This week, an "anonymous" blogger from Canada who worked in the publishing industry up until her recent termination discusses "What It's Like For A Girl" within the world of publishing, and it's not pretty: "I flirted back, when he'd flirt, and I'm ashamed. But I blame him. I blame the way he manipulated us into thinking it was all part of the job, the "culture" of the office. We were often told to "entertain" people at our parties, like we were geisha. Dress sexy, be the first ones on the dance floor, get drinks. Looking back, I feel like we were supposed to represent not the brains and talent of our office, but the tits and ass. Lucky for him, we were a smart, hard-working bunch of people, and we managed to make that place work. That made him look good too. You know, I'm still not sure really what he does, other than take buyers to lunch. His tales of business trips always involved a lot of drinking, eating, and weed-smoking. At Book Expo, he'd point out all the women he'd slept with. " And yes, the him she is referring to is her boss.

I'm not going to get into how painfully obvious it is that this girl worked under a man who may or may not have been recently let go from a major publishing house in Canada because of sexual harassment accusations, but I will say that as a girl whose career aspirations revolve around the publishing world, this woman's post gave me a slap on the face. I'm sure (and hope) these office dynamics aren't synonymous to every publishing office, but knowing to what extent this woman was harassed in an industry that is supposed to represent brainy, well-read intellectual women is depressing. That this blogger believes she was meant to represent the "tits and ass" is heartbreaking to me. Utterly heartbreaking.


The Versatile Blogger Award

Today I got my third blog award and I'm really excited about it! A big thanks to BookSnob for choosing me to pass it along to! The Rules for the award are:

1. Thank and link back to the person who gave you this award.
2. Share 7 things about yourself.
3. Pass the award along to 15 bloggers who you have recently discovered and who you think are fantastic for whatever reason! (In no particular order...)
4. Contact the bloggers you've picked and let them know about the award.

Now to the vain part: sharing seven things about myself. (Isn't writing a blog vain enough to start with? Yes, but in a good way.)

1. I feel naked without earrings.
2. My favorite place in the US is New Orleans. My favorite place I've visited so far in the world is a three-way tie between Amsterdam, Paris and the BVI's.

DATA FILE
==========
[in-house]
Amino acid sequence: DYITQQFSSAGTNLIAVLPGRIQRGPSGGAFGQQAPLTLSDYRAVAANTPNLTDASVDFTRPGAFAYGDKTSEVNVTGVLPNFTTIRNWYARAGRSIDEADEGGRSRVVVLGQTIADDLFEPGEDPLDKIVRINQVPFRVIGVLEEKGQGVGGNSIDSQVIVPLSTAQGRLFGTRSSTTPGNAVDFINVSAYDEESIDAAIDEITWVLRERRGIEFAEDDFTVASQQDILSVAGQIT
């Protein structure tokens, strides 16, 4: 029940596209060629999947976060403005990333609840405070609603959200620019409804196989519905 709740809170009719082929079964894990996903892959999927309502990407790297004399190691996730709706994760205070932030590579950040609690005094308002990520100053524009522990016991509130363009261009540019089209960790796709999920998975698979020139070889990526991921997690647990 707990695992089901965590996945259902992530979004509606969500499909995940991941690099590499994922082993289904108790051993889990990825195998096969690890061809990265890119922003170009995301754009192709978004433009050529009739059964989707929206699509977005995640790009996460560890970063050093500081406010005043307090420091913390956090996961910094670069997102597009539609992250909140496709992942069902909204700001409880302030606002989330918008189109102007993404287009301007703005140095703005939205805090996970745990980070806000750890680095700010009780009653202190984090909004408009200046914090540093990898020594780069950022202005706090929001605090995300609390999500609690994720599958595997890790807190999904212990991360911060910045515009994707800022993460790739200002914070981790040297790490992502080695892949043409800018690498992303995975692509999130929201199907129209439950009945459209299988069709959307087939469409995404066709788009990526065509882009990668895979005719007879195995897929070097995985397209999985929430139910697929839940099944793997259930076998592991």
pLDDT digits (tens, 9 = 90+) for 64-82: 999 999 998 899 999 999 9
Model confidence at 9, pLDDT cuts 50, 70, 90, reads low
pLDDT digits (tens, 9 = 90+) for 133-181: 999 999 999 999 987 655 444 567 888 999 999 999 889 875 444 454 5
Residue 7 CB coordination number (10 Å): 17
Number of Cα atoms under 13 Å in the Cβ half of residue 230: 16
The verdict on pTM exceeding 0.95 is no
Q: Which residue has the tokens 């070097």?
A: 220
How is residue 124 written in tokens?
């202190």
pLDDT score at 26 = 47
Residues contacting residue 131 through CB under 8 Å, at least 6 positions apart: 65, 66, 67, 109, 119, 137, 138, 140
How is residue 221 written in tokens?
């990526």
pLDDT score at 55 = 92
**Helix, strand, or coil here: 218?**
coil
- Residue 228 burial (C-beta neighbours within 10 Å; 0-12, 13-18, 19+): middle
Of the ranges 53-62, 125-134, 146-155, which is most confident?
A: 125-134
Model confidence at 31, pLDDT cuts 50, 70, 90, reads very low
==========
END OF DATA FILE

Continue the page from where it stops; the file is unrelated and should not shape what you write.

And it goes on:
3. I used to think I was a really good driver but lately I have been cutting people off without meaning to because the space I thought was there just wasn't. This is something I need to work on. On a related note, I have a really hard time driving at night because my depth perception doesn't seem to work after dark. Do they make glasses for that?
4. My favorite game in the whole world is Trivial Pursuit. I really want to get the Book Lover's Edition but I have a feeling I would need to track down more English majors to play with me.
5. I won't let you borrow my books if you dog-ear them (ehhhm, Melanie) but I scribble and annotate all over the pages. I'm not sure why I'm ok with one and not the other.
6. My biggest pet peeve is when people don't use adverbs correctly.
7. I want a miniature bulldog puppy more than anything but I am holding off until I can make it a very happy dog. Oh, and I'm going to name him Potato. I visit puppy stores every chance I get and molest bulldogs with kisses while calling them potato, like this poor guy below:


Friends Made Of Paper and Ink

Reading now: The Angel's Game by Carlos Ruiz Zafon

"Even then my only friends were made of paper and ink. At school I had learned to read and write long before the other children. Where my school friends saw notches of ink on incomprehensible pages, I saw light, streets, and people. Words and the mystery of their hidden science fascinated me, and I saw in them a key with which I could unlock a boundless world, a safe haven from that home, those streets, and those troubled days in which I could sense that only a limited fortune awaited me."

So far this book is proving to be equally as good as Shadow of the Wind. Like Zafon's earlier work, this too is a book about books and brings us back to the "cemetery of forgotten books". Ohhh it's just so good! If you are a reader who loves the idea of books - a reader who loves the smell and the feel of books and the notion that they can offer everything from understanding to compassion to an entirely new outlook of the world - then you will like this book.

If you're here from the hop, welcome! Take off your coat and stay awhile.